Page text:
Beyond the US and British operations, and Iraqi opposition to them, there are numerous other signs that all is not going well for the West’s plans in the country. Robert Fisk, writing in the Independent, a British newspaper, said on June 16 that aircraft seeking to land at Baghdad airport regularly come under fire from snipers hiding in the area. There has also been a spate of anti-American protests in Iraqi prisons, where men suspected of resistance or anti-Western activities have been held in harsh conditions. Several prisoners have reportedly been shot dead in prison uprisings at the Abu Gharib prison west of Baghdad. In some cases, US authorities have said the men were killed "while trying to escape".
Meanwhile, Iraqis are struggling to survive in appalling conditions created by the destruction of the Western war and the subsequent disorder and lawlessness. Early last month, the United Nations Children’s Fund (UNICEF) reported that the number of children suffering from diarrhea, the number one killer of infants, has more than doubled since the US occupation. Fully 72 percent of the children surveyed by the agency were suffering from the disease, the result of the destruction of the country’s water filtration and sewage treatment facilities. The number of cases of acute malnutrition among children under five in Baghdad has also doubled since the war, the UN agency said.
At the same time, the adult population faces mass unemployment and deepening poverty. One of the first edicts issued by the new US colonial administrator, Paul Bremer, was the disbanding of the 400,000-man Iraqi army. This action has left an estimated 2.5 million people–10 percent of the population–without any means of support. Upwards of another 100,000 are blacklisted as former members of the Ba’ath Party under another order issued by Bremer (in reversal of an earlier policy which aimed to use them as the basis of the US’s new order).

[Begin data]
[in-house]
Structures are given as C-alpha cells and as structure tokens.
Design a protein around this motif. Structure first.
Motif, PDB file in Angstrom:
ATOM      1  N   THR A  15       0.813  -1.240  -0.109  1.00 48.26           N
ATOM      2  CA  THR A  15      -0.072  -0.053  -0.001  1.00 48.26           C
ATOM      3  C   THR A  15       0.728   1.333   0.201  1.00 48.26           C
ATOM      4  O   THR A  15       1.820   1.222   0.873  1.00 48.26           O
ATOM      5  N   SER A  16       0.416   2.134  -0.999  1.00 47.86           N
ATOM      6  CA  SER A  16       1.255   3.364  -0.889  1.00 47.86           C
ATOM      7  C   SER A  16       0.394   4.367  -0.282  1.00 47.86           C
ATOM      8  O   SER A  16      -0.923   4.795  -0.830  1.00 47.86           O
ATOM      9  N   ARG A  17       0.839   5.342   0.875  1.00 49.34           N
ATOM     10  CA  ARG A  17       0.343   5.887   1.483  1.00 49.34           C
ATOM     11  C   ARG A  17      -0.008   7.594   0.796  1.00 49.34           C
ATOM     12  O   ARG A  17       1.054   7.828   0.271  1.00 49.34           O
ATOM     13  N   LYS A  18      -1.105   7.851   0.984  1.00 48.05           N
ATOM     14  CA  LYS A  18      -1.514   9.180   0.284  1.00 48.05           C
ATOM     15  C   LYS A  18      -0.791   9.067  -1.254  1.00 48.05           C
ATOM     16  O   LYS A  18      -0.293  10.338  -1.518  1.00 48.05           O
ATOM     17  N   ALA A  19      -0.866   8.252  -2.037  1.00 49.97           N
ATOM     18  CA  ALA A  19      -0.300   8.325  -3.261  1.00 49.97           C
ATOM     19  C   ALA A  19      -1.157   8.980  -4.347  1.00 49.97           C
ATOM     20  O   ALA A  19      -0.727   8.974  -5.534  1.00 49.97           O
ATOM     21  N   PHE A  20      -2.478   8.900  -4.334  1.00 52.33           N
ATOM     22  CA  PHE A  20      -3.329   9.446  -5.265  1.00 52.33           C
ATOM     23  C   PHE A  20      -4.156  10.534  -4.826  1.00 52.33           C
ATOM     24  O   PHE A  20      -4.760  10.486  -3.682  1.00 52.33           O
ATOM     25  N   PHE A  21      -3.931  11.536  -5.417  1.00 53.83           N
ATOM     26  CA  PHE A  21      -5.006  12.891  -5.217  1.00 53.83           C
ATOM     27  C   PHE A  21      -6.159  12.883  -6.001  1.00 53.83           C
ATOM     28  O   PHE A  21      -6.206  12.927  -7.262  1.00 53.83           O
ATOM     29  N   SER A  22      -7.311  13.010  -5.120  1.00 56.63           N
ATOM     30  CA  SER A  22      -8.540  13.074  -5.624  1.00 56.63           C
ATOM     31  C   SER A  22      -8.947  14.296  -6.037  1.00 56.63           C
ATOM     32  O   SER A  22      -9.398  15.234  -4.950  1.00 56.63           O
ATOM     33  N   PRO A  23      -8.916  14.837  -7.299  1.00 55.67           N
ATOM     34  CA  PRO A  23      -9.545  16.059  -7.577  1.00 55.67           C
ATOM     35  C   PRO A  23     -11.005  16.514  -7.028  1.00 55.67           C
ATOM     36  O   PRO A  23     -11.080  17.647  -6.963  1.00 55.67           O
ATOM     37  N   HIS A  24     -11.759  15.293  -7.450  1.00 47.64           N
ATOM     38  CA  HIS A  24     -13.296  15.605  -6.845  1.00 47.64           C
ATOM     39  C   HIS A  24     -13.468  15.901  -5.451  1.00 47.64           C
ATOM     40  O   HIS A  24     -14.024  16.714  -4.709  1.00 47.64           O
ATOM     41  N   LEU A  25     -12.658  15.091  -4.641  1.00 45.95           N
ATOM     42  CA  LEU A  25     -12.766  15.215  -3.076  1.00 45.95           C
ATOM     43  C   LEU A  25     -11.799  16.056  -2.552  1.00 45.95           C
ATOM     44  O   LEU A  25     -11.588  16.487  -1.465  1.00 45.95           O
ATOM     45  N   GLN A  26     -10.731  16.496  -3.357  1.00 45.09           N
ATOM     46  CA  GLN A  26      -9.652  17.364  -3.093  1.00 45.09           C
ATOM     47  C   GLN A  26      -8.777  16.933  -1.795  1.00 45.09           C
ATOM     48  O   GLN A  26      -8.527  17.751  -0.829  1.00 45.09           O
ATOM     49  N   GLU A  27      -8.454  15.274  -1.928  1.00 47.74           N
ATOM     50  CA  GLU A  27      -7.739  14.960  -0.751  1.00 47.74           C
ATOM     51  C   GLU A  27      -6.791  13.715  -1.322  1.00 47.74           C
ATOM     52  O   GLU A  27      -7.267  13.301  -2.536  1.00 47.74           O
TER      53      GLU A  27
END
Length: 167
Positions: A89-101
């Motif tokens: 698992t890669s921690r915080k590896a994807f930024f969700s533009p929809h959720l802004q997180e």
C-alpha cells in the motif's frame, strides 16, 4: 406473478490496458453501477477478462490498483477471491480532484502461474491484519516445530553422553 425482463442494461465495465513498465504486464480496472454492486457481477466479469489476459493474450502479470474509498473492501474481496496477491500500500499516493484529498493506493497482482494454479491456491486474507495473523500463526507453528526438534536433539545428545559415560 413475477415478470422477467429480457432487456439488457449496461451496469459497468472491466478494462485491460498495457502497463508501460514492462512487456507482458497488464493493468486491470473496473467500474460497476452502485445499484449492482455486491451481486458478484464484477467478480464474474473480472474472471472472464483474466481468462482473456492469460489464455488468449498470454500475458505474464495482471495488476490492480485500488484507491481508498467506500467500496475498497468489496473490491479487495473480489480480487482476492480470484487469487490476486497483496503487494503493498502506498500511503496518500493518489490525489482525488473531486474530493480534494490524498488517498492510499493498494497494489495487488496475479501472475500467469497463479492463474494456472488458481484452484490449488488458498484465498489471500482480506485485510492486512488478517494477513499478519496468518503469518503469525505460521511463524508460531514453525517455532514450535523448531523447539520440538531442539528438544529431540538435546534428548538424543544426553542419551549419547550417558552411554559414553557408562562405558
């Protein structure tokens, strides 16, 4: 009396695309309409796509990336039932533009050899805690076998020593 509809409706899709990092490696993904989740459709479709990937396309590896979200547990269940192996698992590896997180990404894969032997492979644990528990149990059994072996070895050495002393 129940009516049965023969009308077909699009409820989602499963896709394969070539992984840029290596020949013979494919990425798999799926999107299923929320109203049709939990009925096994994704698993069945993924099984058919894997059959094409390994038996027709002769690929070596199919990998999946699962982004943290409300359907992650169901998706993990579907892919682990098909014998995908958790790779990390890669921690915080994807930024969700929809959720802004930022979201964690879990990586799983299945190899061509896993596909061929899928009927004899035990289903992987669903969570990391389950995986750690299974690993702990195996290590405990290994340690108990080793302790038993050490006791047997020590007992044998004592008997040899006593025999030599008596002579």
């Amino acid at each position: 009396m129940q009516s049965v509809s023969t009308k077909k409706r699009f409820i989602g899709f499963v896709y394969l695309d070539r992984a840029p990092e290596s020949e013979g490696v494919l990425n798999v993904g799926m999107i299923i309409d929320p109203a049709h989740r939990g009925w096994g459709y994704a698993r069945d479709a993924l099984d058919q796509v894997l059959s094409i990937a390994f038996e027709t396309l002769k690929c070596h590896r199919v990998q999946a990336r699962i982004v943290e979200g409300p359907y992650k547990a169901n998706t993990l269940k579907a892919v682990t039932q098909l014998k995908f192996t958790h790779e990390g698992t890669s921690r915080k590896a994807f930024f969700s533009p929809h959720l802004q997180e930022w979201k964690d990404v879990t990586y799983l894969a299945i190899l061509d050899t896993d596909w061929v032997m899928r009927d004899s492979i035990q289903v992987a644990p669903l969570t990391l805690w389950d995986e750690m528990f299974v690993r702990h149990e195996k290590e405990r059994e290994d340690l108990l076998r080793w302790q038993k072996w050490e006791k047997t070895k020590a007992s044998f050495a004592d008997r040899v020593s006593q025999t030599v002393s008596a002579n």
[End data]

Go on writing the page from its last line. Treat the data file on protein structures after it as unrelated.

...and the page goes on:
The country is also plagued by huge numbers of unexploded cluster bombs and other dangerous western weapons. Although both the US and Britain said during the war that they were avoiding the use of weapons that would be a danger in postwar Iraq, particularly cluster bombs, the Observer newspaper revealed on June 1 that humanitarian agencies have recorded heavy concentrations of cluster bombs in Baghdad, Basra and on the road connecting Iraq’s two largest cities.
In a report published on June 7, the Swiss Foundation for Mine Action said that "Anti-personnel mines, remains from ‘cluster bombs’ and other non-exploded ordnance and ammunition kill and mutilate dozens of civilian Iraqis daily." Another non-governmental organization, the Mines Advisory Group (MAG), reports that 77 percent of all serious injuries to children results from youngsters playing or tampering with unexploded mines and bombs.